Yes, I think it's time for my son to move on to another doctor. My son is an adult but he has some learning disabilities which make it necessary for me to be a strong advocate for his health care and some other areas where the decision making may be more complex than he can handle. So physically he is an adult and his diabetes management would follow that of an adult. So this doctor in stating that "diabetics can't have normal blood sugars" contradicts the Joslin guidelines is all the more infuriating. She actually misrepresented Joslin. The current Joslin guidelines seem quite reasonable especially since it states that "A1C target goal should be individualized for each patient." Seeing as we were pleased with some other aspects of Joslin Clinic, we may well switch to another doctor there. Thanks for digging up the info, Brian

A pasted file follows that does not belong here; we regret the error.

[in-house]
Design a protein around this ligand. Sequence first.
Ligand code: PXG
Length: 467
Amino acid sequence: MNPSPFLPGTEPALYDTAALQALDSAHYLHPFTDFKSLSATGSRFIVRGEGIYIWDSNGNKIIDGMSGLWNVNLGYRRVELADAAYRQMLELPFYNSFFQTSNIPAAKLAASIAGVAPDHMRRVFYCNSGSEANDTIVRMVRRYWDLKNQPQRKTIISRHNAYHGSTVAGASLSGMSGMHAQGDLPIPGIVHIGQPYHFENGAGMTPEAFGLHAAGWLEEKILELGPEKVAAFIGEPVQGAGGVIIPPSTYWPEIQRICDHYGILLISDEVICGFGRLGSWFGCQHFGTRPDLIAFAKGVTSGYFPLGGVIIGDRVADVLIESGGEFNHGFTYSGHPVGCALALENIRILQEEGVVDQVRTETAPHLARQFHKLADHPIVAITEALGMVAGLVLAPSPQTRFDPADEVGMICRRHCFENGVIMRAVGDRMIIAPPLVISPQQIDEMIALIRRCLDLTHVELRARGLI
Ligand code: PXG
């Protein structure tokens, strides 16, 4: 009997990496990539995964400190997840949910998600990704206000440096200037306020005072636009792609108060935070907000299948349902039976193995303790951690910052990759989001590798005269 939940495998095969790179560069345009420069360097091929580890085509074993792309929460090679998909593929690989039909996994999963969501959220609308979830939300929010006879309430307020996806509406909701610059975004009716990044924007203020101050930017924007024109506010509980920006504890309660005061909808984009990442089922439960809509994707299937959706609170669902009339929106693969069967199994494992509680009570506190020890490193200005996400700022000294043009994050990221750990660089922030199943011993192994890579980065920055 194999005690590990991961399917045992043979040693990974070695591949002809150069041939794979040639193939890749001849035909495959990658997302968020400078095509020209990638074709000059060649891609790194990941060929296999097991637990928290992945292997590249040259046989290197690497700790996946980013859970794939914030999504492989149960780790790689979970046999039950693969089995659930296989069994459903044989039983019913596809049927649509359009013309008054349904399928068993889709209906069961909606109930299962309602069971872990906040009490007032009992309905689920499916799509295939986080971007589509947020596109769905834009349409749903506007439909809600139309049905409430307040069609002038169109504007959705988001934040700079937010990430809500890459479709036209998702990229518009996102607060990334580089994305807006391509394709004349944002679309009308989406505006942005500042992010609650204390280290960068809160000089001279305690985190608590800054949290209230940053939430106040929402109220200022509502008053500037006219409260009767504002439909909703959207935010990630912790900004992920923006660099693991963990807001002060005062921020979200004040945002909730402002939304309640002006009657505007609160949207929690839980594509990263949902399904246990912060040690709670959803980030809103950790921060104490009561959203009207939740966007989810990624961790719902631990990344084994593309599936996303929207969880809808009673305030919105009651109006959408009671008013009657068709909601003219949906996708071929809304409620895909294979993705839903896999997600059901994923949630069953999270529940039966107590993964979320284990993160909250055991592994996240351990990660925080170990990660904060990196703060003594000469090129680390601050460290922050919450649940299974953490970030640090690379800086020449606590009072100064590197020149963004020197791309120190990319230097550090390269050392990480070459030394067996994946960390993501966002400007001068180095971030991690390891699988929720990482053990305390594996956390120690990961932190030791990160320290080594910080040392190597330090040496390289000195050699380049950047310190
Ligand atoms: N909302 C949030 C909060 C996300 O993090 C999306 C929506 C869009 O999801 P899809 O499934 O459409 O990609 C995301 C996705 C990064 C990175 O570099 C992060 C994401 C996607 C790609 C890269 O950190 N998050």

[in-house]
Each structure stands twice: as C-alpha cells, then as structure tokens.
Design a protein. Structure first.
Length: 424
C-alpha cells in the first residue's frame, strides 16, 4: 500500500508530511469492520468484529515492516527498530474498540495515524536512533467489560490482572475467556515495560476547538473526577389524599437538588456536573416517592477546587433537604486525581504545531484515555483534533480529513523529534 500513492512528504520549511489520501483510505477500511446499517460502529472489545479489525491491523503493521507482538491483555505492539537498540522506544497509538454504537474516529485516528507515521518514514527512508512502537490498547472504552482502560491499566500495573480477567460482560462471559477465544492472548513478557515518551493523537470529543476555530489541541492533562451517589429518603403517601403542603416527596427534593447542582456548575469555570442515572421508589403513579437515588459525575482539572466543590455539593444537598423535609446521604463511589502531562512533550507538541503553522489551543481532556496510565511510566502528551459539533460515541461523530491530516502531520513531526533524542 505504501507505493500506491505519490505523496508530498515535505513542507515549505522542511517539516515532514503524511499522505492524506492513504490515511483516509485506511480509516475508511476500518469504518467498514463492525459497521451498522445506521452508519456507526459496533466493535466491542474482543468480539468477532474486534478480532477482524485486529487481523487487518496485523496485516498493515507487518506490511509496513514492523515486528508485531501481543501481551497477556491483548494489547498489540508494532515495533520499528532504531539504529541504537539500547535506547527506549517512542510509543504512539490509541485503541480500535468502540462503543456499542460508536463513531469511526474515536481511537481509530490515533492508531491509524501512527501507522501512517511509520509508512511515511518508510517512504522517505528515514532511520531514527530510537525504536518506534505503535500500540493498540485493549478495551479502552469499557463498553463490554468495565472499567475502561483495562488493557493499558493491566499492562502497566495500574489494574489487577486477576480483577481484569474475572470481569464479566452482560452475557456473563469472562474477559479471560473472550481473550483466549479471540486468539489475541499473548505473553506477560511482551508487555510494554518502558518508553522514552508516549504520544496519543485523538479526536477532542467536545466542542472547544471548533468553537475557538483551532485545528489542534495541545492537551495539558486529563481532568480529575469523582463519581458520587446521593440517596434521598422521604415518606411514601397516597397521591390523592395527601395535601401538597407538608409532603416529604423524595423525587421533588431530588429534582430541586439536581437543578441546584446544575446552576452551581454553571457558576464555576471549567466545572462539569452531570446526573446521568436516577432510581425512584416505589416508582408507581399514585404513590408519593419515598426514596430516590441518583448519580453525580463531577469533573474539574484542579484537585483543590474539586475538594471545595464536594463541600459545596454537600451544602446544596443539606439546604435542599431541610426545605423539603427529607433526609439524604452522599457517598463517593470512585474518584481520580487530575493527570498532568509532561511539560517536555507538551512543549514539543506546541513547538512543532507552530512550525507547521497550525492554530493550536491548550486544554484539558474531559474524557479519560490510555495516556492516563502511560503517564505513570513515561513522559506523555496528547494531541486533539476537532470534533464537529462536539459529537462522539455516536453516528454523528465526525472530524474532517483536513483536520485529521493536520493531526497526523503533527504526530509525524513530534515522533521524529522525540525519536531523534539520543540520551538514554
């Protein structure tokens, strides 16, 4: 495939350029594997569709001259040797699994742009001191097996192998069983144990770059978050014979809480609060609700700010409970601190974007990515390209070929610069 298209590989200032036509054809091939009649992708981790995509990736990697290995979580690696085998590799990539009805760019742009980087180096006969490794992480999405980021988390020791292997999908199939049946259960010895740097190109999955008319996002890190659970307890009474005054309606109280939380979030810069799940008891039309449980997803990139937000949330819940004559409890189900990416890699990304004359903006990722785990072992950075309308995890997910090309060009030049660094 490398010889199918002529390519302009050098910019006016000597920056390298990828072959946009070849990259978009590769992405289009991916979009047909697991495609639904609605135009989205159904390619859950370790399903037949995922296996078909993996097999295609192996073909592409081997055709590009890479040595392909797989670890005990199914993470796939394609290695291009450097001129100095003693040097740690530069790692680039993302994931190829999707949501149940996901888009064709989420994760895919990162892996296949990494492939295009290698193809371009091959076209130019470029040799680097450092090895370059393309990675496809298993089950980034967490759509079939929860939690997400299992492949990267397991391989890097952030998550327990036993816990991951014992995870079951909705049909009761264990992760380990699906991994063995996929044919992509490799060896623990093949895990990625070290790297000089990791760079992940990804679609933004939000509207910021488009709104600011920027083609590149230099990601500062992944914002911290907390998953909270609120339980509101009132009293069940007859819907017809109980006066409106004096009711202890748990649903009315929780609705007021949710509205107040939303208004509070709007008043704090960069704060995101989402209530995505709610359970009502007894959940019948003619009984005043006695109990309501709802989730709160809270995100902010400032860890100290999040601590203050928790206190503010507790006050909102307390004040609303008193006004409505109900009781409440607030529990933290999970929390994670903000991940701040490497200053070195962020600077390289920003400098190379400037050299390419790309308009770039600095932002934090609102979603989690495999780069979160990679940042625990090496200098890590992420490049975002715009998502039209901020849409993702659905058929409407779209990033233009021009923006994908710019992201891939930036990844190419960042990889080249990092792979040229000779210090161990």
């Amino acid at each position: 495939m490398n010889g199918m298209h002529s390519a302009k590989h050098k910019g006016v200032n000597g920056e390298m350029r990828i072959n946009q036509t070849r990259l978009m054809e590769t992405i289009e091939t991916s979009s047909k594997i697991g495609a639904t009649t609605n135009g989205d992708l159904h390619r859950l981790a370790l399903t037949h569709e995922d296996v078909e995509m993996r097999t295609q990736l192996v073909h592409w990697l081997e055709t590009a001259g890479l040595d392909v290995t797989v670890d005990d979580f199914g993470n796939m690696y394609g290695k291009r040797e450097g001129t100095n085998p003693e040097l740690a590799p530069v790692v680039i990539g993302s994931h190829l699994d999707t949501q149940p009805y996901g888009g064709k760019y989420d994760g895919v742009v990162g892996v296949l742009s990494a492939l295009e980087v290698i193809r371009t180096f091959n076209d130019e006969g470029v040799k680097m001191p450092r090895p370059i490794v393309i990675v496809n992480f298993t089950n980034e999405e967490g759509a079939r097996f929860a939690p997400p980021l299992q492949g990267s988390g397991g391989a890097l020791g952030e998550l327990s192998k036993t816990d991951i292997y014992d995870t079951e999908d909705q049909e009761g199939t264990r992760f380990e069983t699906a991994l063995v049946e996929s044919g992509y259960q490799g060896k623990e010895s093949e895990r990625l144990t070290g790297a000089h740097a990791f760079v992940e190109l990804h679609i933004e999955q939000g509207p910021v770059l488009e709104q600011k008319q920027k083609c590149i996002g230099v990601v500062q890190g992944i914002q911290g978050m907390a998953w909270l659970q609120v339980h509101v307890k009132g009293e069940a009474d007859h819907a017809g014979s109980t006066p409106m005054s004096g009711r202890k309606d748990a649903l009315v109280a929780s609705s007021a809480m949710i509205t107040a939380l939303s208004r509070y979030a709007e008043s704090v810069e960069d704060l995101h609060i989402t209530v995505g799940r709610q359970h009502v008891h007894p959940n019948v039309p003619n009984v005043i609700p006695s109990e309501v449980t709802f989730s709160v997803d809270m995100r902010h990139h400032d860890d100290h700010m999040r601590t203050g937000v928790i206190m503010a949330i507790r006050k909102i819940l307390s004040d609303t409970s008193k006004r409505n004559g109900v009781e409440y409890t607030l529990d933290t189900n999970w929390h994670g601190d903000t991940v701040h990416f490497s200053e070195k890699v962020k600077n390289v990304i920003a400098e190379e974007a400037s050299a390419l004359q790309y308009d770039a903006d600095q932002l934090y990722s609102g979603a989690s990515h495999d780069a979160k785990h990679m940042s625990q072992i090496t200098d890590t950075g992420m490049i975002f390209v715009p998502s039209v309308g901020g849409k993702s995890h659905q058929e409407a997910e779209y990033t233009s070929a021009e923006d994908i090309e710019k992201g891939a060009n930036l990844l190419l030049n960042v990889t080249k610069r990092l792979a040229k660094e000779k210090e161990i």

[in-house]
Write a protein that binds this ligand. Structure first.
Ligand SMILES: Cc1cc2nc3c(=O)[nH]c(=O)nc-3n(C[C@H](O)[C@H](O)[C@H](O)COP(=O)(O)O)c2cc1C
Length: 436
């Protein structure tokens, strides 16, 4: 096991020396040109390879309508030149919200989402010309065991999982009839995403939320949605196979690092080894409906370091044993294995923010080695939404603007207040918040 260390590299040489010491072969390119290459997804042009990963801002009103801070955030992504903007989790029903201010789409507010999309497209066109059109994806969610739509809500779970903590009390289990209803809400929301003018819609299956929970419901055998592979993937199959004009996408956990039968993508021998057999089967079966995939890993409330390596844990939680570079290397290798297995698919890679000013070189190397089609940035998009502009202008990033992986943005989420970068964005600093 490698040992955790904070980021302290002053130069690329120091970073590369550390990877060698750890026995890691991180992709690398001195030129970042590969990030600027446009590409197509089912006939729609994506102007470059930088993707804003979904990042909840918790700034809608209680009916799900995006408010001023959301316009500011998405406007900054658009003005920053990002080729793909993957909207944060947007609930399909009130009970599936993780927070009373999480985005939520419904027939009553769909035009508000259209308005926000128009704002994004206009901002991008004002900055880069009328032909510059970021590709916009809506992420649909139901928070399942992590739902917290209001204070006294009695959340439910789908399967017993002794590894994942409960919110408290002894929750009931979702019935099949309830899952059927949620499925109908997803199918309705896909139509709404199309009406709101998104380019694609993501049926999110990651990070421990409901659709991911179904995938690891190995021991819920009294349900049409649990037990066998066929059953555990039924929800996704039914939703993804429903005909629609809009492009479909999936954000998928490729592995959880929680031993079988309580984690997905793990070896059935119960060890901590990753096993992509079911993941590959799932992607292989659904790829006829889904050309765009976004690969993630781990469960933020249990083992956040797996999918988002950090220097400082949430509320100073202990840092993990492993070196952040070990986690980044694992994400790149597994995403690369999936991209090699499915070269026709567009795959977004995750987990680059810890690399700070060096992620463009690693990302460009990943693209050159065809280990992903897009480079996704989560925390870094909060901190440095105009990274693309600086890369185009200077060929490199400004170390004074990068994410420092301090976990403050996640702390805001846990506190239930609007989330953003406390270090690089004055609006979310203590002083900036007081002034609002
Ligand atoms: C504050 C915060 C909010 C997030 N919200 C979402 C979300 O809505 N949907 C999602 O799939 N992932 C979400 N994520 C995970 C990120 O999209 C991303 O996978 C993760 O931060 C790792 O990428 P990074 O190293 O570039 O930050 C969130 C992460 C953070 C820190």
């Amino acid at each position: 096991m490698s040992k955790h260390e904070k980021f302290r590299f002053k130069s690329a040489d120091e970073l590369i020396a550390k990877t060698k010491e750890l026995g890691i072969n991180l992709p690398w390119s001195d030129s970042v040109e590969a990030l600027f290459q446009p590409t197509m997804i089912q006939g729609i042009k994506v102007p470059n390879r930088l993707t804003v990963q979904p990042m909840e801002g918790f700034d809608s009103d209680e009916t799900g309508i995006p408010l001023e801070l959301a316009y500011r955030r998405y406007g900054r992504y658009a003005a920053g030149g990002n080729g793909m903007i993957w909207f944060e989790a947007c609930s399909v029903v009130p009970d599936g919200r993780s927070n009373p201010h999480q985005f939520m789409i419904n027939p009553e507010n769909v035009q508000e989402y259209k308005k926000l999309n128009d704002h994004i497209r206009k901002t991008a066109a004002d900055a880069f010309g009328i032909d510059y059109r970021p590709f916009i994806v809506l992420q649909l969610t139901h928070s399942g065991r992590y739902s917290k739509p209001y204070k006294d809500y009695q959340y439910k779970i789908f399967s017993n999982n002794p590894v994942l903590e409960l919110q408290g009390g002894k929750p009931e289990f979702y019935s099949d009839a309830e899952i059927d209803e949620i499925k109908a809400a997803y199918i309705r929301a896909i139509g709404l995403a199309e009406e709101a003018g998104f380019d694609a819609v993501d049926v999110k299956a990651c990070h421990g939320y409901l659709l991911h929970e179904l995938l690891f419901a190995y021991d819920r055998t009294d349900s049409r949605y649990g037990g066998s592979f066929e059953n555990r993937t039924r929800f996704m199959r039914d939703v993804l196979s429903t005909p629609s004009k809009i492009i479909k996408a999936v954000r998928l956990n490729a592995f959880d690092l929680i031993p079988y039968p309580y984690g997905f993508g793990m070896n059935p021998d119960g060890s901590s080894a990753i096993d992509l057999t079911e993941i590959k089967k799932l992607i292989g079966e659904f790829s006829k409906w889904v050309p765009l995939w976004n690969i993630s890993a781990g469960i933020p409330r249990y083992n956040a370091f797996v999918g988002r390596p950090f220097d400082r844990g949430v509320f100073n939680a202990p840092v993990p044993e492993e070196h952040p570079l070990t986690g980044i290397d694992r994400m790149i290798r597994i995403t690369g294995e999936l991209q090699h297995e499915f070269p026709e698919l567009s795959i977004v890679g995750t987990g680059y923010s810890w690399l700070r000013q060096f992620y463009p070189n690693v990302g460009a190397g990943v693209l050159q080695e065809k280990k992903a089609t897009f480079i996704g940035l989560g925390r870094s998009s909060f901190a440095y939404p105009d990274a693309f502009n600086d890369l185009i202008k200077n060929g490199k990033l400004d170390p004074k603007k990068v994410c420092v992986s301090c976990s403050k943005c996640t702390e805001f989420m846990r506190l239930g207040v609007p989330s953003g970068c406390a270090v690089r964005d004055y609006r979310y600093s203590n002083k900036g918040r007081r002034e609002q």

Ah, didn't get that about your son's age for some reason. Yes, you're quite right. Not only is she ignoring the Joslin guidelines, then, but she is totally on the wrong side of Bernstein in saying "no normal blood sugars." And in my experience so far, Bernstein hasn't been wrong yet. Not once.